It’s no secret that London in the 1980s was segregated. There was, for one, a stark contrast between the punk rock–obsessed white youth culture and the black youth culture that was madly in love with reggae. In that world, the legendary DJ Jah Shaka and his dub Sound System reigned supreme and would perform live mixes all night long. The British painter Denzil Forrester (then in his 20s) saw it as an opportunity not only to dance but also to make his own art. He then became a fly on the wall at the venues where huge crowds would sway to the beats.
In this way he could use what he was learning at the Royal College of Art to tell the story of that community and the energy he felt all around him. He would typically set up in a corner with his art supplies and sketch what he called “energy that can’t be controlled.”
During the day, he would be back in his studio transforming those drawings of dancers and club patrons and use them as the basis for large paintings, many of which are now on view at White Columns. This work of the reggae and dub music scene has never been seen in the United States before.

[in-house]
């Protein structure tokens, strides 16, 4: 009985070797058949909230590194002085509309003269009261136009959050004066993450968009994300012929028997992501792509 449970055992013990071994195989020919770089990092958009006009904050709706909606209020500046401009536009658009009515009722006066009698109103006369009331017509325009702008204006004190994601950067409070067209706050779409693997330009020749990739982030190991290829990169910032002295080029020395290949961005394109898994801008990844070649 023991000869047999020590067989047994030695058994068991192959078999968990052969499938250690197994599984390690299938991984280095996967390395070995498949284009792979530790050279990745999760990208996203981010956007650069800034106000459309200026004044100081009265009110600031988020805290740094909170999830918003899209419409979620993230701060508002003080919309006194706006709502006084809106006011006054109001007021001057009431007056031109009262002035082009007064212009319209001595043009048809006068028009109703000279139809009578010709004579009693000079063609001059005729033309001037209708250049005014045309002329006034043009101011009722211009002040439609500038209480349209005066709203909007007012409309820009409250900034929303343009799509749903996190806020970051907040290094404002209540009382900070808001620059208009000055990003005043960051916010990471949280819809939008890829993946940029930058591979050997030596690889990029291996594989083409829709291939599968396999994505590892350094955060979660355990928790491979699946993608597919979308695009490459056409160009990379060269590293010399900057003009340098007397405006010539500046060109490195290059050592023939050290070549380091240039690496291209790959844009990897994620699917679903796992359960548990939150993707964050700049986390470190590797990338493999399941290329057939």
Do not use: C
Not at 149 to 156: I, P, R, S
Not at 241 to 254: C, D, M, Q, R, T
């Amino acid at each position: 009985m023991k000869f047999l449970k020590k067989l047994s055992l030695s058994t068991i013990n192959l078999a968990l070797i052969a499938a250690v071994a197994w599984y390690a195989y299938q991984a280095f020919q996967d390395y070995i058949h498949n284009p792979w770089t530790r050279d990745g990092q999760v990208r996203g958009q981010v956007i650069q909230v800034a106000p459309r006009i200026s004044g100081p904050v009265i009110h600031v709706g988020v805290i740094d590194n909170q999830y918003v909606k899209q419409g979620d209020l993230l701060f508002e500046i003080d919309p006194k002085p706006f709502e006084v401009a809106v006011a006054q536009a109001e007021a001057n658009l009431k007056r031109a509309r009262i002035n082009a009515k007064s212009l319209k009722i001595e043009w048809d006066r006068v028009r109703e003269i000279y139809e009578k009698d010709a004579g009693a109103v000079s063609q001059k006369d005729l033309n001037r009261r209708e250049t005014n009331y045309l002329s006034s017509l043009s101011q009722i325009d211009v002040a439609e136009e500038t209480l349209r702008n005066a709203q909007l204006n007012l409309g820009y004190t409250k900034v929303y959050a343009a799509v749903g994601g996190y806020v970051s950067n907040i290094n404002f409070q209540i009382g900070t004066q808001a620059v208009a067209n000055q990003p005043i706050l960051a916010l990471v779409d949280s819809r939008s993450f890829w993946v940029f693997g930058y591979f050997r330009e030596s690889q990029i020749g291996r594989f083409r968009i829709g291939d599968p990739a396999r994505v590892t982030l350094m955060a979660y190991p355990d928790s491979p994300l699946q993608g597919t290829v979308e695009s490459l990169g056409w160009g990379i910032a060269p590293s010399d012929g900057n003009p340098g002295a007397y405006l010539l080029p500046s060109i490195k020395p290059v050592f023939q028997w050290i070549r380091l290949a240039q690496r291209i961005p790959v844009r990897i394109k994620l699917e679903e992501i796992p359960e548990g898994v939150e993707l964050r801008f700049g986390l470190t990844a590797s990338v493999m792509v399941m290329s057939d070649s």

In addition to depicting colorful dancers, Jah Shaka, and the nightlife, some of Forrester’s paintings were made in order to bear witness to police brutality — a theme that unfortunately still resonates. Specifically they are about Winston Rose, a friend and former roommate of his who was killed while in police custody in 1981. A newspaper report indicates he was choked to death by the officers who were overseeing him.
British painter Peter Doig co-curated the exhibition with White Columns Director Matthew Higgs. Because of the political and social consciousness the conveys, they felt it was an important time for more people to see it. For Doig, the art speaks about marginalized communities and the alternative scene they built within the context of a segregated society and how a painter responded to all of that. Indeed, as Higgs wrote in an email, “It is also important to emphasize that these aren’t ‘dance clubs’ (per se) but very specific social clubs for the British Afro Caribbean community — during the years of Margaret Thatcher, and the rise of the far right in the UK — the National Front, and British Movement.”